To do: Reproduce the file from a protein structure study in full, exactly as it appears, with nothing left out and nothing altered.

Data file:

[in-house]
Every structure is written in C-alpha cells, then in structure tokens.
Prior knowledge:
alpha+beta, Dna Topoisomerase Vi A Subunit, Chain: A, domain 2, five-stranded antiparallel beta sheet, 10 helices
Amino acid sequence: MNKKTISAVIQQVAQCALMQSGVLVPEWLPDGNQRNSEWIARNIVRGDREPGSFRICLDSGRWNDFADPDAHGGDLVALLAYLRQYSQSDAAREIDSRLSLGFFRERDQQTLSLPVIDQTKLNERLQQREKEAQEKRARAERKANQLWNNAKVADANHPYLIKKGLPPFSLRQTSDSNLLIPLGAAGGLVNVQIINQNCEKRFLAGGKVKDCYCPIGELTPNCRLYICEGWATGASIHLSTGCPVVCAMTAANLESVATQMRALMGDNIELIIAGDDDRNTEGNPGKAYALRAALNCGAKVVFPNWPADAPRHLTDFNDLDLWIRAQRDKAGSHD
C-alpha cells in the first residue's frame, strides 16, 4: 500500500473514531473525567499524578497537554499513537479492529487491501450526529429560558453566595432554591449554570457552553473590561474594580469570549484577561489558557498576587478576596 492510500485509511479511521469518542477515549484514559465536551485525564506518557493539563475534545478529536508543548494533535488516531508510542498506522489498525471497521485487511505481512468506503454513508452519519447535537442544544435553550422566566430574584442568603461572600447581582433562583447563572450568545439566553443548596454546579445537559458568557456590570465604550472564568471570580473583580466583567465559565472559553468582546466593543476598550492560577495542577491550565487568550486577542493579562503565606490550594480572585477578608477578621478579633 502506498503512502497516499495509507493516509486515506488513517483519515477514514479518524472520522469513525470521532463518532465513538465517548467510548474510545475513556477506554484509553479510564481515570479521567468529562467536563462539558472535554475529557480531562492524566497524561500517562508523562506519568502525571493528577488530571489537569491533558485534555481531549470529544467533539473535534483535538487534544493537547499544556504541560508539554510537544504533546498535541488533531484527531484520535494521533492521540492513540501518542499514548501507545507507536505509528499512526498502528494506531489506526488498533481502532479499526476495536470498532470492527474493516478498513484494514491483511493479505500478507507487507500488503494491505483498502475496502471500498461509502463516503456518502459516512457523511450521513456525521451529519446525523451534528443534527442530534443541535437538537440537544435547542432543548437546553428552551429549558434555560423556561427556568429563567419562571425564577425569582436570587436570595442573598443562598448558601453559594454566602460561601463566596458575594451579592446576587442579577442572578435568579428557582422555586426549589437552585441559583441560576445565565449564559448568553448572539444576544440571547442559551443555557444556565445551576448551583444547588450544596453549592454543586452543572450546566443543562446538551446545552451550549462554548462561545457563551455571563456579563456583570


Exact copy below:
[in-house]
Every structure is written in C-alpha cells, then in structure tokens.
Prior knowledge:
alpha+beta, Dna Topoisomerase Vi A Subunit, Chain: A, domain 2, five-stranded antiparallel beta sheet, 10 helices
Amino acid sequence: MNKKTISAVIQQVAQCALMQSGVLVPEWLPDGNQRNSEWIARNIVRGDREPGSFRICLDSGRWNDFADPDAHGGDLVALLAYLRQYSQSDAAREIDSRLSLGFFRERDQQTLSLPVIDQTKLNERLQQREKEAQEKRARAERKANQLWNNAKVADANHPYLIKKGLPPFSLRQTSDSNLLIPLGAAGGLVNVQIINQNCEKRFLAGGKVKDCYCPIGELTPNCRLYICEGWATGASIHLSTGCPVVCAMTAANLESVATQMRALMGDNIELIIAGDDDRNTEGNPGKAYALRAALNCGAKVVFPNWPADAPRHLTDFNDLDLWIRAQRDKAGSHD
C-alpha cells in the first residue's frame, strides 16, 4: 500500500473514531473525567499524578497537554499513537479492529487491501450526529429560558453566595432554591449554570457552553473590561474594580469570549484577561489558557498576587478576596 492510500485509511479511521469518542477515549484514559465536551485525564506518557493539563475534545478529536508543548494533535488516531508510542498506522489498525471497521485487511505481512468506503454513508452519519447535537442544544435553550422566566430574584442568603461572600447581582433562583447563572450568545439566553443548596454546579445537559458568557456590570465604550472564568471570580473583580466583567465559565472559553468582546466593543476598550492560577495542577491550565487568550486577542493579562503565606490550594480572585477578608477578621478579633 502506498503512502497516499495509507493516509486515506488513517483519515477514514479518524472520522469513525470521532463518532465513538465517548467510548474510545475513556477506554484509553479510564481515570479521567468529562467536563462539558472535554475529557480531562492524566497524561500517562508523562506519568502525571493528577488530571489537569491533558485534555481531549470529544467533539473535534483535538487534544493537547499544556504541560508539554510537544504533546498535541488533531484527531484520535494521533492521540492513540501518542499514548501507545507507536505509528499512526498502528494506531489506526488498533481502532479499526476495536470498532470492527474493516478498513484494514491483511493479505500478507507487507500488503494491505483498502475496502471500498461509502463516503456518502459516512457523511450521513456525521451529519446525523451534528443534527442530534443541535437538537440537544435547542432543548437546553428552551429549558434555560423556561427556568429563567419562571425564577425569582436570587436570595442573598443562598448558601453559594454566602460561601463566596458575594451579592446576587442579577442572578435568579428557582422555586426549589437552585441559583441560576445565565449564559448568553448572539444576544440571547442559551443555557444556565445551576448551583444547588450544596453549592454543586452543572450546566443543562446538551446545552451550549462554548462561545457563551455571563456579563456583570